At some point, your needs are going to outgrow the capabilities of your computer. You may find yourself in need of more hard drive space for all those videos and mp3s that you download, for example. Or maybe that cool new programming language you’ve been dying to try requires more memory than what yours currently has. Unless the activities on yours are restricted to pure textual output (plain text files), your data processing machine is going to get filled with a lot of “stuff” – stuff that can overfill a PC’s capacity too much for the device to function well.
The problem is that while upgrading a is always an option, technology advances so fast that newer products (such as memory chips, new drives, etc.) aren’t always compatible with the machines that we own. This is a common occurrence when newer pieces of hardware require the programming of a newer operating system. Sure, one could upgrade the operating system to accommodate the demands of a new piece of hardware, but trouble starts when that new operating system requires new hardware in return. If we’re not careful, we could end up replacing almost every hard and soft part that we own – all in an effort to upgrade! Upgrading in this fashion is not only silly to do so, it’s also costly – more costly than simply buying a new data processing machine.
But once the decision to buy a is set in stone, what can be done with the old one? There are alternatives to selling and this article is going to introduce a few of them.
1. Give it to the kids. This is of course, assuming the kids are too young to whine about not having enough SDRAM or less than a 160GB hard drive. Today’s “older” data processing machines are perfectly capable of accommodating the needs of young PC users, and they’re excellent machines for playing educational CDs, small multimedia files, or games downloaded from the Internet. And don’t forget the most important role they play in a child’s homework-clad life: A simple encyclopedia CD on a used device makes excellent research tool (not to mention a rather fancy calculator!).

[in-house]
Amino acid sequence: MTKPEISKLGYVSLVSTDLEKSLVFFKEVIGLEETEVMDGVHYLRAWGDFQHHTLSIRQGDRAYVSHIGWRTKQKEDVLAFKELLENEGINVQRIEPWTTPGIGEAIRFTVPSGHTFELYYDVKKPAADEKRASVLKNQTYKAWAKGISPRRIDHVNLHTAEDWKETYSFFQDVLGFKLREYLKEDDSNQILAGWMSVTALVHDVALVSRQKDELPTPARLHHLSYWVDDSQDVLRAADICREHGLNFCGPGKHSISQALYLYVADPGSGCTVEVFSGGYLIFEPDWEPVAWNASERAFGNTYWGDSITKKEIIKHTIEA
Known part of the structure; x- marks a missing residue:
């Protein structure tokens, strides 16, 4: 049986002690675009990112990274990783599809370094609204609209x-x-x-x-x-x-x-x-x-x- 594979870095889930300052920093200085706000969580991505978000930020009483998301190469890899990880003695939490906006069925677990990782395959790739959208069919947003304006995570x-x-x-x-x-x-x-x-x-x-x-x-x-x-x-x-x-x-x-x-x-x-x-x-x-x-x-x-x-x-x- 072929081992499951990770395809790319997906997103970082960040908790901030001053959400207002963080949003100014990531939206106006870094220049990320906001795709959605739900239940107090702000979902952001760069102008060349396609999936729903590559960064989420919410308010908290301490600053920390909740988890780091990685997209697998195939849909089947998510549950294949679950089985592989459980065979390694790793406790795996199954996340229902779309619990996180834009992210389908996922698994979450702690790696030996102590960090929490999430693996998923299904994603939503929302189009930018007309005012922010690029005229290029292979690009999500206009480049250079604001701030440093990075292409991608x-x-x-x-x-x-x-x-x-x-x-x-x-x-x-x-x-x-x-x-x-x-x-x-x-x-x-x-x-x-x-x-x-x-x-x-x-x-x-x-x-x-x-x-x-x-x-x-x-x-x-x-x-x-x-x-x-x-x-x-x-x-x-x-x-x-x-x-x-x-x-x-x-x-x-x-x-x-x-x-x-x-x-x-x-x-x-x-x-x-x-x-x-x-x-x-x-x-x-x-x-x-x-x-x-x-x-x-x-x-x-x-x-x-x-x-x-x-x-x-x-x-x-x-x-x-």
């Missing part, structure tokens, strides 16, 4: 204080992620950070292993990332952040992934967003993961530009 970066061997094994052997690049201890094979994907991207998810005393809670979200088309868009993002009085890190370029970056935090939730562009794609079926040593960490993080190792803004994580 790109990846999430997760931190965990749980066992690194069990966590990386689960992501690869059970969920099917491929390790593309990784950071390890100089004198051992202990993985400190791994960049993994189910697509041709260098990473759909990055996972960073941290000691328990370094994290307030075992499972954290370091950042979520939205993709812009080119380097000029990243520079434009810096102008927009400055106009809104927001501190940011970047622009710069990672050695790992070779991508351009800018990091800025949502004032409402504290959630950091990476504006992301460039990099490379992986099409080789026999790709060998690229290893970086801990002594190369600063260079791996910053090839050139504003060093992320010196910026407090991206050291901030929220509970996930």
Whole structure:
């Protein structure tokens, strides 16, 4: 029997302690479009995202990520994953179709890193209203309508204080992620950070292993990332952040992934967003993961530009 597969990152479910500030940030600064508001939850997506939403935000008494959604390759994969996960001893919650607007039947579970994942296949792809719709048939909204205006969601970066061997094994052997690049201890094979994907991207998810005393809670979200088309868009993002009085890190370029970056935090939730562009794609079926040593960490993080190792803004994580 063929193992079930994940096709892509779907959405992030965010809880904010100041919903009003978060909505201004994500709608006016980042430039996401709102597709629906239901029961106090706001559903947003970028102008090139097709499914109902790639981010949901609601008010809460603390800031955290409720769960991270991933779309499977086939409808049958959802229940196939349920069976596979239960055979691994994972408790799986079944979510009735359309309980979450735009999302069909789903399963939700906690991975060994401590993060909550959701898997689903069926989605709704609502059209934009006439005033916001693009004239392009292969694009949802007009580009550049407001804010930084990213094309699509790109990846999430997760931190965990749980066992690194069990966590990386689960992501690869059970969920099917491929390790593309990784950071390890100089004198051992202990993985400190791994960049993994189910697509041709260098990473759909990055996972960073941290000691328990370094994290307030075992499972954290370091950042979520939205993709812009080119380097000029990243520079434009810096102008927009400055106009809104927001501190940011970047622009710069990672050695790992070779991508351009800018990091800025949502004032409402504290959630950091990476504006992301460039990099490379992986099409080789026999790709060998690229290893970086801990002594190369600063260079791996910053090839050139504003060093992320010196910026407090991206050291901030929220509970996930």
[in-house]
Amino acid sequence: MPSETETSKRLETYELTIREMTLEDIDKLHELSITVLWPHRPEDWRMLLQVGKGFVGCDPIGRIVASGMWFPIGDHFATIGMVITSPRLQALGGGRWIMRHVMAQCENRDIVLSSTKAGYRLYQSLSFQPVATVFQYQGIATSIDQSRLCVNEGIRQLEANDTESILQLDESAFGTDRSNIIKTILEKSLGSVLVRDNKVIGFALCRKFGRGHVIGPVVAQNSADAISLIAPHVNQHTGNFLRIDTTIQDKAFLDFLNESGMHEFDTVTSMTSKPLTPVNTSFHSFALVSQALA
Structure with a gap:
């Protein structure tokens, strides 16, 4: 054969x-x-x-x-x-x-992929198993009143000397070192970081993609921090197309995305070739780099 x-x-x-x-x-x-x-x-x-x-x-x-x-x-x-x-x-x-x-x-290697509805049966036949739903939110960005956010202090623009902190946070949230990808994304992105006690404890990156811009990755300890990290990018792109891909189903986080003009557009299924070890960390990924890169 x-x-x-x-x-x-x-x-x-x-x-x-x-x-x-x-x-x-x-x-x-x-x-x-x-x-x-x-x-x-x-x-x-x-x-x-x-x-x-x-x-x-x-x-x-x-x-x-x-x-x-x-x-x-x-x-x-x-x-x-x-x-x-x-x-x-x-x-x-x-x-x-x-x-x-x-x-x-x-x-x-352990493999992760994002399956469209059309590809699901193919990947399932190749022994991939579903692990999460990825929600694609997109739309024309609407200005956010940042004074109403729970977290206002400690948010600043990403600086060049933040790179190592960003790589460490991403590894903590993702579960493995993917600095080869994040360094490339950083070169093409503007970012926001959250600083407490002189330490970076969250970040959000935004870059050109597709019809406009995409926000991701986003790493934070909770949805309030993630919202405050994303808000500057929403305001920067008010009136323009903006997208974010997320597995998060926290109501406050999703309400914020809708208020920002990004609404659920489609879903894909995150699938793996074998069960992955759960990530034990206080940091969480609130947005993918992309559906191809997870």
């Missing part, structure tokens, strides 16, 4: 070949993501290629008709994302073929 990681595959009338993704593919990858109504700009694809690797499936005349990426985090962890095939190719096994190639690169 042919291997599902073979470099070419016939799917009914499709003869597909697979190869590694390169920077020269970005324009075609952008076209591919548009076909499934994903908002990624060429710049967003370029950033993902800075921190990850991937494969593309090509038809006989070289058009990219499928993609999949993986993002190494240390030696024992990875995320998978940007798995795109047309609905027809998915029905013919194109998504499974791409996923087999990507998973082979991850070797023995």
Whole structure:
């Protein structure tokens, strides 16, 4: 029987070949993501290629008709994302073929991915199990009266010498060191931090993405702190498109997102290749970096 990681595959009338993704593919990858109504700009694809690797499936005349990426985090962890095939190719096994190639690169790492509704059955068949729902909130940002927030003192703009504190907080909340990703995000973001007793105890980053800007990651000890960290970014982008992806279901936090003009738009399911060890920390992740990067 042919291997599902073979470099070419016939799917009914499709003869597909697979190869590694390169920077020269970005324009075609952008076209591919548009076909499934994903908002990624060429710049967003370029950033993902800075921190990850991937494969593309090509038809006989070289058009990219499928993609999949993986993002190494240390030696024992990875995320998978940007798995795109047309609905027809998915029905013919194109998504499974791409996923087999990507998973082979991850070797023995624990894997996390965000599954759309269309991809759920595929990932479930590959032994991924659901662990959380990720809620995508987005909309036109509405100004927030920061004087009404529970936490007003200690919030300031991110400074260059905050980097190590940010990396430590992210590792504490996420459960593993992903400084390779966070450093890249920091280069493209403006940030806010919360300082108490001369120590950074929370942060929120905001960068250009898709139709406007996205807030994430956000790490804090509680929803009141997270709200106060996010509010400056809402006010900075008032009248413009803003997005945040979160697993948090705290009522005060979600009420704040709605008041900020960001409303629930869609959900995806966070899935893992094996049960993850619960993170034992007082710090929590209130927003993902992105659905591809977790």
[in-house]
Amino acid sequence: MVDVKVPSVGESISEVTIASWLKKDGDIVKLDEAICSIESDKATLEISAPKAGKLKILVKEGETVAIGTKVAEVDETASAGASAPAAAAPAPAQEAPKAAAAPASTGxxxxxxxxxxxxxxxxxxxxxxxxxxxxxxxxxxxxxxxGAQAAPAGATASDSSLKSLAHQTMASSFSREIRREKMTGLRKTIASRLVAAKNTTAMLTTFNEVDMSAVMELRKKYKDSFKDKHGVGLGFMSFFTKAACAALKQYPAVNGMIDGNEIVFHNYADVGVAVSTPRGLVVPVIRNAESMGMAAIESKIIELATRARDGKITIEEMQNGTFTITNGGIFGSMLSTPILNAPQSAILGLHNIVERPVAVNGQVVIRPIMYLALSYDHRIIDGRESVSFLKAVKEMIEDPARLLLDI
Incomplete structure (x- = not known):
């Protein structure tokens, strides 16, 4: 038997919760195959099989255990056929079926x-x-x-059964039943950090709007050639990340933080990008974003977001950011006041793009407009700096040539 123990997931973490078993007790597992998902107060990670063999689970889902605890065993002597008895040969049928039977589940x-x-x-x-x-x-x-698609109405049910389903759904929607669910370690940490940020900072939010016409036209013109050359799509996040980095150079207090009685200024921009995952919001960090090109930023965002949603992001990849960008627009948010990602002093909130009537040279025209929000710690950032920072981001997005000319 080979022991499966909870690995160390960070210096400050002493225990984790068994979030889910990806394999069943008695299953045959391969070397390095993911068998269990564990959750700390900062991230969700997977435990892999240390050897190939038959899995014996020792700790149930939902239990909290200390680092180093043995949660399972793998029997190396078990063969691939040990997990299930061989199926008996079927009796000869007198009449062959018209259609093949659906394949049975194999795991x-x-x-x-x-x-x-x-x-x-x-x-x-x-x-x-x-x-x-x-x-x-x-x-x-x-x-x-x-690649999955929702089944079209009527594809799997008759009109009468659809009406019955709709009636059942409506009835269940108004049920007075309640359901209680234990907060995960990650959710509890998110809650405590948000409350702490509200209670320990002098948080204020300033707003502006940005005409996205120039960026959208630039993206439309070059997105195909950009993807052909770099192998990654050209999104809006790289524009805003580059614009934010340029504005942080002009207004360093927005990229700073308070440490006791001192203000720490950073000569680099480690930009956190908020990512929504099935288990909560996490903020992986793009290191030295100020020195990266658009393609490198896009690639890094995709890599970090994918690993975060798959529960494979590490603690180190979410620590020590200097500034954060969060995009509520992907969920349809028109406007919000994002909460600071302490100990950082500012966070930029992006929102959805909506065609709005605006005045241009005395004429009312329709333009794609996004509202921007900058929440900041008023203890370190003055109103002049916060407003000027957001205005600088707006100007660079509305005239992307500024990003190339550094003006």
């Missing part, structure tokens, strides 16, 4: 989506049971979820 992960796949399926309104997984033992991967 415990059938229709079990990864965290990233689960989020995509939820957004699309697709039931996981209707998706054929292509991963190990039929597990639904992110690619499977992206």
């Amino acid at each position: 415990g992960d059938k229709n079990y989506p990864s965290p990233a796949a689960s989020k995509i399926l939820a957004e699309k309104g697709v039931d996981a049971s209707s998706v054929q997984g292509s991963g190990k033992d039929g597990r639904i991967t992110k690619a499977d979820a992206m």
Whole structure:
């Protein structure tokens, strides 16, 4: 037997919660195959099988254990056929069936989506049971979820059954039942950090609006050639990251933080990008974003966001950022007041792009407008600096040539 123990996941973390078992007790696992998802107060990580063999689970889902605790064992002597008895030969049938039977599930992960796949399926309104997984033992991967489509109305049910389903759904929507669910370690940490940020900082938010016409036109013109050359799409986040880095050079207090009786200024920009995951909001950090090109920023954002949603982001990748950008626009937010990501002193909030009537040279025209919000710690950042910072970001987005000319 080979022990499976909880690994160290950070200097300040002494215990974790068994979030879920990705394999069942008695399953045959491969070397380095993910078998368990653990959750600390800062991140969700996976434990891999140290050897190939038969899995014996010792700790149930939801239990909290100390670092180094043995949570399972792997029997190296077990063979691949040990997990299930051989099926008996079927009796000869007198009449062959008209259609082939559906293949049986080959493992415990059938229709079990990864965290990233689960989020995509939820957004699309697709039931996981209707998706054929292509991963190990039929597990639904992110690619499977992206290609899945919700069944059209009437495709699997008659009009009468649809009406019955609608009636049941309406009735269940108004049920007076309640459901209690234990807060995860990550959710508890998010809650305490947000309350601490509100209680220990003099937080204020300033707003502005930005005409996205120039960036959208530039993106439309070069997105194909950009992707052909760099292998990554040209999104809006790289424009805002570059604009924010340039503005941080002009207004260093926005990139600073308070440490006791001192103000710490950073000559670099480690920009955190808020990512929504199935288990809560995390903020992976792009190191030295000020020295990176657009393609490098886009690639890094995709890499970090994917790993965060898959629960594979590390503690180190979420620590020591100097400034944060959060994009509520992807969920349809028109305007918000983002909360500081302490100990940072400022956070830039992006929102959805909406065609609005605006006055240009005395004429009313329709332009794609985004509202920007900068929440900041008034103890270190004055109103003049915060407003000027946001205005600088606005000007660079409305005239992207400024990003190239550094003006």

2. Donate it to a less-fortunate or less-literate family member. We often joke around the office about the “grandma” who refuses to use a data processing machine until she can afford the “latest” one. Chances are, Grandma isn’t ever going to shell out the bucks to buy the latest on the market, nor is she going to know how to use it once she gets it. What Grandma doesn’t realize however is that a used one is an excellent training tool that she can use to prepare herself for something “better” in the future. We always say, “‘Tis better to screw up something on an old, used machine than to screw up everything on a brand new one!” A couple of errors on an old, used machine are easier to fix because someone is going to have the experience and knowledge to fix it. Errors on a new machine however can be a beast to fix because we’re all knocking at Microsoft’s door looking for answers.
3. Convert the machine into a storage area. As another alternative to selling that machine, we suggest that people disconnect it from the Internet and use it to store personal documents, records, or files. This way, personal data (such as bank statements, store receipts, health records, etc.) is protected from prying viruses or hackers, while the newer machine is used to surf the net.
As you can see, old data processing machines still serve a purpose either for you or for someone else. And although selling an old one is always an option, there are a number of things that you can do with an old device. All that’s required is a little “out of the box” thinking and a grateful recipient. BOLA TANGKAS